Why all the panic over international students?

The much-feared ‘Brexodus’ of Britain’s universities has failed to materialise.

Joanna Williams

Joanna Williams

Topics Brexit Politics UK

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In Britain this year, wannabe students keen to secure a university place have found themselves in competition with a record number of international applicants. British universities are reported to be taking up to 40 per cent more overseas students than five years ago, with some universities offering close to half of all places to foreign students. Elite Russell Group universities have awarded roughly a fifth of places to international students, while 54 per cent of those studying at the London School of Economics come from outside of the UK.

These figures must have come as a terrible shock to our universities. After all, just a few years ago, following Britain’s vote to leave the EU, academics, administrators and higher-education journalists alike were all busy predicting a huge decline in the numbers of international students wanting to come to the UK – with inevitably disastrous consequences for university finances, campus diversity and academic standards.

In short, a ‘Brexodus’ was coming. Dire predictions of empty British campuses were commonplace. A survey carried out in August 2016, just months after the EU referendum, suggested that almost a third of international students would be less likely to come to the UK, with six per cent declaring they would definitely not come to study in Britain as a result of the vote for Brexit. This ‘research’, conducted by a little-known student recruitment consultancy, was based on a survey of just 1,014 students. Yet it was covered by newspapers around the world. ‘After Brexit, foreign students flee UK universities for US, Canada and Australia’ gloated USA Today.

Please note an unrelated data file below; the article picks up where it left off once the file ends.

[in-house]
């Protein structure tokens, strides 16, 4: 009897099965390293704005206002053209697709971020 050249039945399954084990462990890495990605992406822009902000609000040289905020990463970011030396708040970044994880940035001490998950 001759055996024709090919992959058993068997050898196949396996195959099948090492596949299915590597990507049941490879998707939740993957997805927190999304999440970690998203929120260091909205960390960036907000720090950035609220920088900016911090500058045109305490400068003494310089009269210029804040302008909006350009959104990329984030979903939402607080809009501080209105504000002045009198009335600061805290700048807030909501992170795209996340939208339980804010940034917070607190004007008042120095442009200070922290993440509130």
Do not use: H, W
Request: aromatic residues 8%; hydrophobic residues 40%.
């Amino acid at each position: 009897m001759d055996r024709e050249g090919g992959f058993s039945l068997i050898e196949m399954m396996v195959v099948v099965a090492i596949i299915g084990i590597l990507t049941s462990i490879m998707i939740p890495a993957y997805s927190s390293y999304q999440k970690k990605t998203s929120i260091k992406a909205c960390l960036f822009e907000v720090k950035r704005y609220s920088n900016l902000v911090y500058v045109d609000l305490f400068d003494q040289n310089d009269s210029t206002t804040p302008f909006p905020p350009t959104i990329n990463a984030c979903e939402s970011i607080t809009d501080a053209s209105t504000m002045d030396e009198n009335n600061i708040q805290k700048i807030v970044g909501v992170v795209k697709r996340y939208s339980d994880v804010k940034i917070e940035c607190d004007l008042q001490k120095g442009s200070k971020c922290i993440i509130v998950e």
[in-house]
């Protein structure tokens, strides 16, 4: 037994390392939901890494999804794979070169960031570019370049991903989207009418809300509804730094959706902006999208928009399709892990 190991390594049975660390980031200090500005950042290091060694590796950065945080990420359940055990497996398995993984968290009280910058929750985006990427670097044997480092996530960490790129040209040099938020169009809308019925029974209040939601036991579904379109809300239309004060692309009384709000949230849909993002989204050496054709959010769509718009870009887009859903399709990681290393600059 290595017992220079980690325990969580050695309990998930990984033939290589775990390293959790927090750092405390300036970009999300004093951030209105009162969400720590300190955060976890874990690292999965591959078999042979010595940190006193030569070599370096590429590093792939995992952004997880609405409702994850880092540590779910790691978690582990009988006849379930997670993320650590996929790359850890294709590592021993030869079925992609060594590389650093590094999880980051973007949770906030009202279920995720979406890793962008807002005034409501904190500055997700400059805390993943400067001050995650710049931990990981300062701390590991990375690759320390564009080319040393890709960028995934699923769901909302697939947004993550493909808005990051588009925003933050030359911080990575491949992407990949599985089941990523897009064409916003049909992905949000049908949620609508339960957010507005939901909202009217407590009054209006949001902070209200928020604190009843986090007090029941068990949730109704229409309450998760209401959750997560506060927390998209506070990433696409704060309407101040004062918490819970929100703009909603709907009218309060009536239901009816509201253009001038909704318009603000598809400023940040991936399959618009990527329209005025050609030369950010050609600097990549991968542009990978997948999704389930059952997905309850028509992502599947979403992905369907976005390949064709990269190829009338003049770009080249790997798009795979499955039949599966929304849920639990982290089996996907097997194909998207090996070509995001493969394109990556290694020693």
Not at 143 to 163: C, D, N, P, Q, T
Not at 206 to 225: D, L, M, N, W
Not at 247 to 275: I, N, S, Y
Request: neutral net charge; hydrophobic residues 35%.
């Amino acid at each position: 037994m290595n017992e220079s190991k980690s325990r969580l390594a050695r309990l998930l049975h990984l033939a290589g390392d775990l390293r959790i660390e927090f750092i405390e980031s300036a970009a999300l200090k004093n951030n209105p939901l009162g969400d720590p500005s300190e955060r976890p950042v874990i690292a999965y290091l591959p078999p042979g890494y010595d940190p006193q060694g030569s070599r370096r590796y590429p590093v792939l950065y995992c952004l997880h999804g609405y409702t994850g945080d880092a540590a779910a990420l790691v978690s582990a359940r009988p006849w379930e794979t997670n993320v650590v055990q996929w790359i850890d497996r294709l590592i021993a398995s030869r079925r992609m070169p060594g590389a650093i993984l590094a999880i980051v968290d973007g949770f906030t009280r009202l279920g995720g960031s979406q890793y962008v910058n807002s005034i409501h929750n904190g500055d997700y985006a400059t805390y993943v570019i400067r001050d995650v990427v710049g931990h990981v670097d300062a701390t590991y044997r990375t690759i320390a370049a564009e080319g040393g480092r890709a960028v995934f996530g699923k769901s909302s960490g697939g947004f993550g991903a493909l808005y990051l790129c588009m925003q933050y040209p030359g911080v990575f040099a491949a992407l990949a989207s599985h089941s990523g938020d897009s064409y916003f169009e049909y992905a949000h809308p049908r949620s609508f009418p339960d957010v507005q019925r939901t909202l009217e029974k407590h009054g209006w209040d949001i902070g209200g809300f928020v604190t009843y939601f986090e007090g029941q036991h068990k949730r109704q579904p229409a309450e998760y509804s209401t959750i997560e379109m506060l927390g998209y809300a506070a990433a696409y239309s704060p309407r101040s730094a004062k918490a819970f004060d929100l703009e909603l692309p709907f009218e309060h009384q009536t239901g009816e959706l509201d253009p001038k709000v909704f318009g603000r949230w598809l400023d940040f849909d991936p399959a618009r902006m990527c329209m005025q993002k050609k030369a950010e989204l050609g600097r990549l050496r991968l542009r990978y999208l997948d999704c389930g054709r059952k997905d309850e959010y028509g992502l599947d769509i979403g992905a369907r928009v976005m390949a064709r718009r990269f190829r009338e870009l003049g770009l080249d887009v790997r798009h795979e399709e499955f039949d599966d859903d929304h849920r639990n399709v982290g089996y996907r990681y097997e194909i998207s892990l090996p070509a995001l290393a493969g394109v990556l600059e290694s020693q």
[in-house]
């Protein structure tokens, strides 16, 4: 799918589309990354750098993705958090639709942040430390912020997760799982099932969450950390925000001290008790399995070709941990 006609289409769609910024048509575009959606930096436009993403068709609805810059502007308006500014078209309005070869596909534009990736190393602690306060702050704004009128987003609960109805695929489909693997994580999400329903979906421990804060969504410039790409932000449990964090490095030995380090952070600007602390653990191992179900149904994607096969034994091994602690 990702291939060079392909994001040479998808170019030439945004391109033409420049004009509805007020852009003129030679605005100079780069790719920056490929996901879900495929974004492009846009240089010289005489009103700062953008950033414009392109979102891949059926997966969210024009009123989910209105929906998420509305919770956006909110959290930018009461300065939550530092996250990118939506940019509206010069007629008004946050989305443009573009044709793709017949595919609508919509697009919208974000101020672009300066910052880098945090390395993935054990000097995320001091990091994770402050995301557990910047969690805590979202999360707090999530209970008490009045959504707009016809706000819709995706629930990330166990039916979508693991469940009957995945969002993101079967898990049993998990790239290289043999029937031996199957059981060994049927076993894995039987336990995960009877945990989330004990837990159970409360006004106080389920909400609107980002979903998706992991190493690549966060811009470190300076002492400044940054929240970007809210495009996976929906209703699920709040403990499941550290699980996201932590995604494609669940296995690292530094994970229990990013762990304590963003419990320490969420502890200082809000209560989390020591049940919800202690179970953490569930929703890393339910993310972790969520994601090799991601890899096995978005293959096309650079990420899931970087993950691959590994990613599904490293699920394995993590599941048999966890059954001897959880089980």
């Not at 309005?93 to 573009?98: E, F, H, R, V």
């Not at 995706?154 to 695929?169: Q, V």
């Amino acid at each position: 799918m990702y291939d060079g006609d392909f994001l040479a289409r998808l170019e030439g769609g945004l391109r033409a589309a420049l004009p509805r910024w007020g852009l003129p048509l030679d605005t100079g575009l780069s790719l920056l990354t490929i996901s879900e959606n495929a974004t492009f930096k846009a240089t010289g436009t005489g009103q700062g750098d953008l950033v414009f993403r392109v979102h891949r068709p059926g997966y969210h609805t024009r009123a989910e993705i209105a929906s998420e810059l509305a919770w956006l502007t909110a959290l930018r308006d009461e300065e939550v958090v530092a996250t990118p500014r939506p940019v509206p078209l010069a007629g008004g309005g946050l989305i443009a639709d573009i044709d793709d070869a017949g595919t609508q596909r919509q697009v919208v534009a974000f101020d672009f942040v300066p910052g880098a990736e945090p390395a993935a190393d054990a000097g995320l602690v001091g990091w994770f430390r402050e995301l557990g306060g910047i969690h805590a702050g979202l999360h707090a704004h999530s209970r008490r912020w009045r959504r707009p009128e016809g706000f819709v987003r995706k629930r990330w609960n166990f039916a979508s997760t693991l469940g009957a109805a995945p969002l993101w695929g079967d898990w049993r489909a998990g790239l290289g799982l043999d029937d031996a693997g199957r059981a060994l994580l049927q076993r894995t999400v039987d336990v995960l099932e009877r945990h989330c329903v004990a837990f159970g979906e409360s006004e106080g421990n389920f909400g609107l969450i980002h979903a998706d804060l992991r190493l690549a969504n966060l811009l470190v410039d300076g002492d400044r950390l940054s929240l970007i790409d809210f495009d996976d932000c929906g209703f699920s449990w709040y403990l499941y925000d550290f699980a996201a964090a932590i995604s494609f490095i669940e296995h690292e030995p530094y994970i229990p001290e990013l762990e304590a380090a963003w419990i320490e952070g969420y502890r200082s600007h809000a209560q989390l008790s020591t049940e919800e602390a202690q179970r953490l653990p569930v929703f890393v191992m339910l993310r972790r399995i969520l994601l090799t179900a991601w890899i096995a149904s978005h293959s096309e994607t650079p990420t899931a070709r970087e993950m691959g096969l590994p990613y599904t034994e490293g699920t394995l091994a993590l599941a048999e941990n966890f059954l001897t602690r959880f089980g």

The better-known Higher Education Policy Institute feared an even more precipitous drop in numbers. It predicted a fall of 57 per cent in EU students, meaning some 31,000 fewer students each year, at a net loss to universities of £40million in the first year alone.

Some of these warnings were made literally on the day the Leave result was announced, on 24 June 2016, with vice-chancellors and student leaders all worrying out loud about a dramatic decrease in the number of students coming from the EU.

Andi in 2017, the EU Observer captured the mood in academia when, on the very day that Oxford and Cambridge were ranked as the top two universities in the world, it warned that Brexit could soon ‘undermine’ the status and attractiveness of the UK’s elite universities.

Not only did all commentators agree that a steep decline in international students was inevitable – they were also unanimous in their reasoning. Apparently, Brexit Britain had suddenly become ‘less welcoming’ to foreigners. The Guardian ran a whole host of alarmist stories about rising levels of ‘hate crime’ on campus. One student, for instance, was reportedly told not to speak her native language when venturing off campus ‘because it might provoke British people’.

How different things look now. However we dice the figures, the truth is clear: there has been no decline in the number of international students in UK universities. Not even a tiny dip. In fact, the exact opposite has occurred.